Command Line Menu Driven Cheat Sheet, Does it Exist?

Having used Linux for over 20 years, I confess that my command line skills are limited. I have probably digressed really as 15 years ago, I was actually compiling kernels and such on the old Mandrake Linux. Over the years I have switched distros and of course new tools and methods (SystemMD) have come along so commands I used to know are no longer relevant. Time and time again, if I post a question on the forums for an issue I am having, someone throws out a “do this command” and I’m like “wow, that’s awesome, didn’t know it even existed!”. I use the command once then promptly forget it.

I know there are some good tools like TLDR (To Long Didn’t Read) that is fantastic. Problem with this tool is that you have to remember the command in the first place. The internet of course is a fantastic resource but there have been times when I’m stuck only on a command line and have no internet access to troubleshoot.

What I am looking for is a menu driven command line tool that I can start from the command line that will have a list of commands organized by activity (say like adding or modifying a user account, or troubleshooting and looking at log files) that has a brief description of what it does along with the command itself. Then I can scroll through and select whatever is appropriate for what I think I need to do but can’t remember. When selected, it will pull the TLDR page for that command so then I can look at some examples and go my way. This would make it way easier to learn commands I think because it gives me the ability to “see” what is available to try.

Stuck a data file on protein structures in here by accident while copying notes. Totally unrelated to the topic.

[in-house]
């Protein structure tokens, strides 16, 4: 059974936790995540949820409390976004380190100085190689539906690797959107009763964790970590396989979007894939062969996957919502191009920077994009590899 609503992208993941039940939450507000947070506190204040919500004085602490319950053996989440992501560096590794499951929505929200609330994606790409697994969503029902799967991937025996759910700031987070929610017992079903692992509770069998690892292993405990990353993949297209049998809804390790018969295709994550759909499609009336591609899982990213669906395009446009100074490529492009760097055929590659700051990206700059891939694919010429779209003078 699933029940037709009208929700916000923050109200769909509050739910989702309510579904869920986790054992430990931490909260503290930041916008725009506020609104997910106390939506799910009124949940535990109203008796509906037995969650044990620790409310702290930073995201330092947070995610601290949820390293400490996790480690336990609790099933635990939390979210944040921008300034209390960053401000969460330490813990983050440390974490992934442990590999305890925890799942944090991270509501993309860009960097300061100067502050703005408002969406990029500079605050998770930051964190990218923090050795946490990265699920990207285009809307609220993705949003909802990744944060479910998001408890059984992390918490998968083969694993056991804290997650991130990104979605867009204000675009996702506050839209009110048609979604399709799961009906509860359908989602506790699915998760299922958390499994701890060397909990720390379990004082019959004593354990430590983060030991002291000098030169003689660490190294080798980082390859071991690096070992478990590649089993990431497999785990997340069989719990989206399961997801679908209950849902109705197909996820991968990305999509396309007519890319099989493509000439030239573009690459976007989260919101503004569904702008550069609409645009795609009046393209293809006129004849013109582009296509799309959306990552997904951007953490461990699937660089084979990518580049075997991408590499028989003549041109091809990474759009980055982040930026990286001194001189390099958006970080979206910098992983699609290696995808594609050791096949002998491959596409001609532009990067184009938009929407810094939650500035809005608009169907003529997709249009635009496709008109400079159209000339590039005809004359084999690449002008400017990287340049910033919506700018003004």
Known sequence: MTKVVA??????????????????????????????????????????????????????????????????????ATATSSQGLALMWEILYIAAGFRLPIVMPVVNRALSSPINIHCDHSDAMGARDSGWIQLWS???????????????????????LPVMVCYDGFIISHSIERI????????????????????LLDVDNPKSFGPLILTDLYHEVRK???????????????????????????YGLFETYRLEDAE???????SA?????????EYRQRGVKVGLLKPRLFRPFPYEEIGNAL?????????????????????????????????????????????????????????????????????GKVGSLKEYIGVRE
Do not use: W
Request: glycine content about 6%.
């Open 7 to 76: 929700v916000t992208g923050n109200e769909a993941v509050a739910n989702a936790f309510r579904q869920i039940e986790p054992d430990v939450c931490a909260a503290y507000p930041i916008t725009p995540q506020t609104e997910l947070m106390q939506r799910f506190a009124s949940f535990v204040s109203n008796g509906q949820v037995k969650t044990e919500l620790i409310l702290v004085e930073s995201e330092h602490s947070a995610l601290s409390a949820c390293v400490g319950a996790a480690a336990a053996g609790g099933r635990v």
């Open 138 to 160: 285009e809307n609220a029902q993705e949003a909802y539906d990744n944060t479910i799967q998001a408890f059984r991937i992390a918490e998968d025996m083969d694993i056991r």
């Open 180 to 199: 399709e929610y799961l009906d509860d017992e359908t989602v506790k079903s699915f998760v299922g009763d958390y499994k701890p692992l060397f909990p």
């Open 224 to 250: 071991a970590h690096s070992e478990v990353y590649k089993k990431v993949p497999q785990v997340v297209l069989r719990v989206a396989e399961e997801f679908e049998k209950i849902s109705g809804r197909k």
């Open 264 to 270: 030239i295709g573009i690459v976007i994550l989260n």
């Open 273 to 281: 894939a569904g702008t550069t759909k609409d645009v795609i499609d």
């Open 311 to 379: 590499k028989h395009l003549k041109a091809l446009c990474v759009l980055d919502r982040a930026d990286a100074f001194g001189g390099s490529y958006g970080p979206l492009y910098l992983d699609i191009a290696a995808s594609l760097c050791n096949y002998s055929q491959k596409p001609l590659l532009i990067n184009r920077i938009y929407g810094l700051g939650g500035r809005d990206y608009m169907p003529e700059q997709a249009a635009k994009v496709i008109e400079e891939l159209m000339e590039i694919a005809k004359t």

Does such a thing exist? If it doesn’t, I am considering hiring someone to develop just such a tool as I think it would be very beneficial for people like me (if you are interested in such a project, contact me).


Try this:

There is an AUR package too



Also you can see command info, pretty cool.

A repository of all manual pages available in the Arch Linux packages

Also using bang in DuckDuckGo:

!archman KEYWORD


!archman partition

Thank you for the suggestions and these are quite good. However, I think they are still missing the mark a bit from what I was hoping for and am willing to pay to have developed if necessary. The info command is actually fantastic but there are 3000 entries of which 99.9% are not relevant for a casual user like myself. The info is good, it’s just way to much to try to filter through to find what I need. The other commands again depend on me knowing what command to use or search for. Lastly I’m looking for a tool that I can pull up in a command line environment where I have no internet access.

I’m think of something like this:


A simple menu driven interface with the most used commands (and possibly the ability to add and organize your own commands) so that I can quickly scroll through the different categories and find what I am looking for. Selecting that item will then pull from TLDR to give me a description of the command and examples.

Like I said, I am willing to pay to have this script developed, I just don’t want to go down this path if there is something already in existence.


All Arch commands

compgen -c

Intended to be used from within a shell function generating possible